We spent a while wandering through the series of beautiful, lush gardens that were constructed all around the base, before strapping on the hiking thongs and starting up the countless steps that while adequate, obviously weren’t created with large Western tourist feet in mind. Now, obviously climbing a rather large rock requires quite a bit of braving walkways that literally hang off of said rock and for those of us who really don’t enjoy looming drop-offs and rickety staircases with stunning but quite terrifying views to the ground far, far below, it did pose a few moments of knee-trembling vertigo and another couple of absolute sheer terror. About halfway up, you are required to circumnavigate a rickety spiral staircase where you come out among these quite amazing frescoes painted on the walls, all of which haven’t been touched up in hundreds and hundreds of years, yet still reflect the wonderful original colours. They depict The Maidens of the Clouds, some beautifully painted feminine figures, all of whom are topless and indeed quite well-endowed. I really do feel for those poor monks who must have felt blessed with such a stunning and peaceful spot to meditate and contmplate the mysteries of life, yet who surely couldn’t help but to have been slightly distracted by these quite beautiful and well-portrayed temptations of the flesh. There is also a long wall that sort of hangs off of the rock and houses what has to be some of the oldest graffiti in the world. Apparently the themes of many of these scrawls reflect rather specifically on the writers’ pleased reactions to the aforementioned endowments of said maidens.

We did finally made it to the peak and spent a while wandering among the various ruins of the palace, taking in the amazing views of verdant, thick jungle that stretched out all around and below us. That and the hordes of nouveau-riche Russians posing dramatically for each other – here is a barely-clothed Tanya standing provocatively, here is Tanya sitting with a sexy pout, here is Tanya sprawled amongst the ancient Buddhist ruins. After a good forty minutes of wandering around reflecting on this remarkable historical site that has stood the test of time for thousands of years, Tanya was still strutting her stuff for her Mafiosi-boyfriend, the tourists, the locals and the odd quite baffled monkey.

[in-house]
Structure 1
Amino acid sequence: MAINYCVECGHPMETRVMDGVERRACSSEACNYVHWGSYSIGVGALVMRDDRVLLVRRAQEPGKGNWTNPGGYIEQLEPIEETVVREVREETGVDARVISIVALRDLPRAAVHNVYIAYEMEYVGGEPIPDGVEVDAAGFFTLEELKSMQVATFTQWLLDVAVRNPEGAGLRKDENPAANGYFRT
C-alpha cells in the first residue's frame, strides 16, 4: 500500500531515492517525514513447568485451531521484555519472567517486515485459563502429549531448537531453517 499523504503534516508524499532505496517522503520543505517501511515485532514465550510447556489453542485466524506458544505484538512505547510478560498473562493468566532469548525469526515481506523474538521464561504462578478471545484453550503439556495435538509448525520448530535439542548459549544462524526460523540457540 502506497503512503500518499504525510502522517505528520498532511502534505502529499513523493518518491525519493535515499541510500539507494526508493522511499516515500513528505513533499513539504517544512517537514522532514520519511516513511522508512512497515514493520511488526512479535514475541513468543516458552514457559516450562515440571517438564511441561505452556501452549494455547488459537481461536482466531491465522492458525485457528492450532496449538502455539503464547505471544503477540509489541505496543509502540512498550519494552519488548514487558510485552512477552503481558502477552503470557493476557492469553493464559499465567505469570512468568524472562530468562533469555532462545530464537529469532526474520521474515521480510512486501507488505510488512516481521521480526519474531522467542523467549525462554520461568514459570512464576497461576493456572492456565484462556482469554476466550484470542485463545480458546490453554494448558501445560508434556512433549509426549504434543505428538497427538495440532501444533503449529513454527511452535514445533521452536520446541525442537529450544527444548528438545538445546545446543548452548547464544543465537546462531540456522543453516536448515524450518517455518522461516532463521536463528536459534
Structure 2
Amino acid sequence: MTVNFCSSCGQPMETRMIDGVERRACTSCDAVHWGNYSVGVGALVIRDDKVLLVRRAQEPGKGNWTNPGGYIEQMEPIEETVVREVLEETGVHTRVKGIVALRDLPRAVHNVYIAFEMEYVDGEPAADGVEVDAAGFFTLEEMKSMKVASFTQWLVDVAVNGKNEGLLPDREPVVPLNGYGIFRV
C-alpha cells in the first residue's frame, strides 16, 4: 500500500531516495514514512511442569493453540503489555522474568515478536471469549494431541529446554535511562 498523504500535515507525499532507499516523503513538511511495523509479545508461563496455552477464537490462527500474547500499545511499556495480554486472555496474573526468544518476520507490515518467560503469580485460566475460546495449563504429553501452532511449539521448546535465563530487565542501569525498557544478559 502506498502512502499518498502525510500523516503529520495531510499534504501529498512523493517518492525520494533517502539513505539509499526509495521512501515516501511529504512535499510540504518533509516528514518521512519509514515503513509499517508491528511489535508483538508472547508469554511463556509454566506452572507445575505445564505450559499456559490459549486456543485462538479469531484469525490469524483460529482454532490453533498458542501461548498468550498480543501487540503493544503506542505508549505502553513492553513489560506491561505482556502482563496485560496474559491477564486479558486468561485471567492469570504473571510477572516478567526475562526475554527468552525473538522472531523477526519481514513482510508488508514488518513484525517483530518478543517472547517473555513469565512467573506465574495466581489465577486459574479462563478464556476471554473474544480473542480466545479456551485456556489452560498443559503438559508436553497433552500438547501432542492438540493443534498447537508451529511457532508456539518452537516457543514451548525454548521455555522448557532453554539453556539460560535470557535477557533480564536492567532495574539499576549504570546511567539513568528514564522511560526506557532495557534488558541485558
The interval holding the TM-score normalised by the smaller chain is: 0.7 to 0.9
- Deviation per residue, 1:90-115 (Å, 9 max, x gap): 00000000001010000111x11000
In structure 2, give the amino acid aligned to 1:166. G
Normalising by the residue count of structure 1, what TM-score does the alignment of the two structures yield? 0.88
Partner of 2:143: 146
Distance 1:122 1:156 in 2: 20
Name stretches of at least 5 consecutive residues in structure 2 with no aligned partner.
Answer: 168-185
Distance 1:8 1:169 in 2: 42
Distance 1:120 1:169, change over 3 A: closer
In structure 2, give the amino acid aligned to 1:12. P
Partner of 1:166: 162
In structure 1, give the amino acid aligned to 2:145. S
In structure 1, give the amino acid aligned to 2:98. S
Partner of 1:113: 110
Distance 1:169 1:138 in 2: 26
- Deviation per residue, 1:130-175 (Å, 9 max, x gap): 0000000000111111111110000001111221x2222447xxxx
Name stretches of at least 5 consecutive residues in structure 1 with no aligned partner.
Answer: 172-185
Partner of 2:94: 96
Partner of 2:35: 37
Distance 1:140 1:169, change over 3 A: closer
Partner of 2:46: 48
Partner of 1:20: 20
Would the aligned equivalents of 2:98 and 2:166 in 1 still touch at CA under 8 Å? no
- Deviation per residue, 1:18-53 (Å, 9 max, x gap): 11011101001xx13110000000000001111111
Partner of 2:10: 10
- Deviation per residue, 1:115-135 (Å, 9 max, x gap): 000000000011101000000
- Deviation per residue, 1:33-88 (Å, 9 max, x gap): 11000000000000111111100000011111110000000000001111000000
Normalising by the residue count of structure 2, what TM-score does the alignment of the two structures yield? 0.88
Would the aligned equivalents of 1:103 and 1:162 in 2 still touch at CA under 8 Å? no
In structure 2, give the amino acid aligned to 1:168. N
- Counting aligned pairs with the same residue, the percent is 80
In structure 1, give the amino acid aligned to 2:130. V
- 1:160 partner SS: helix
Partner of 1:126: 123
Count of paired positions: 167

We arose early the next morning and made our way to the train station where we jumped on the train, heading to our next stop of Ella, theoretically only a couple of hours by road or six and a half hours by train. In reality, the train trip took near on nine hours but this was certainly not an issue as the day was spent slowly weaving through the most spectacular countryside. We chugged through banana and palm plantations and onwards and upwards into vibrant tea fields. Small villages and larger towns appeared and then disappeared just as quickly, the locals pausing from their daily routines or makeshift cricket matches to wave. Slowly the scenery changed into dense jungle and then further on into what was almost an Australian bush-like setting with towering eucalypts looming over the train tracks. The final stretch, as the setting sun bathed the countryside in a beautiful, golden haze was jaw-dropping as we slowly inched our way along mountain ridges, peering down into gaping valleys with huge waterfalls cascading over the edges. It was truly stunning and easily one of the best train rides either of us had ever experienced and one that won’t soon be forgotten.

And thus to Ella. Nestled around a thousand metres above sea level, this sleepy village is rapidly being transformed into a hotspot on the ever-burgeoning tourist trail. Apparently there are around 250 families residing here and there are already 150 homestays, with many more going up daily. But it is so stunningly, utterly gorgeous - perched amongst the luscious hillsides of vegetable gardens and tea plantations, thundering waterfalls and long and winding roads that slowly snake down the sheer hillsides.

After apparently torrential rain for the past fortnight, these last few days have been spectacularly beautiful with bright blue skies, scattered cloud and lovely breezes to take the edge off of the hot sun. The last couple of days have generally been spent eating delicious local delicacies, wandering through the surrounding hills which give way to breathtaking valleys, passing through tea plantations where the local Tamil women pause from their picking to smile and wave and along the overgrown train tracks, chatting to kids on their way home from school. We also had the opportunity to experience a wonderful and most informtive visit a local tea factory where we gained valuable insights in to the complexities that go in to making a standard cuppa.

Tomorrow we head south to a few national parks on the coast and the start of various wildlife expeditions over the next couple of days where we hope to see all manner of varied fauna. Throw in a couple of days lounging on a beach and another few in the wonderfully historic town of Galle and alas, our brief Sri Lankan adventure will be over...

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19th January 2013

You light up my life !!!
Oh Simon, It is like reading a good book..... I immerse myself in your words and feel as though I am there travelling with you. It is like being in a bygone era as I find so many travel articles these days are superficial. You do look like the King of Kandy! Say "hi" to Jane and keep enjoying your travels. You are creating wonderful memories. Stay safe. Love Sonia and Warren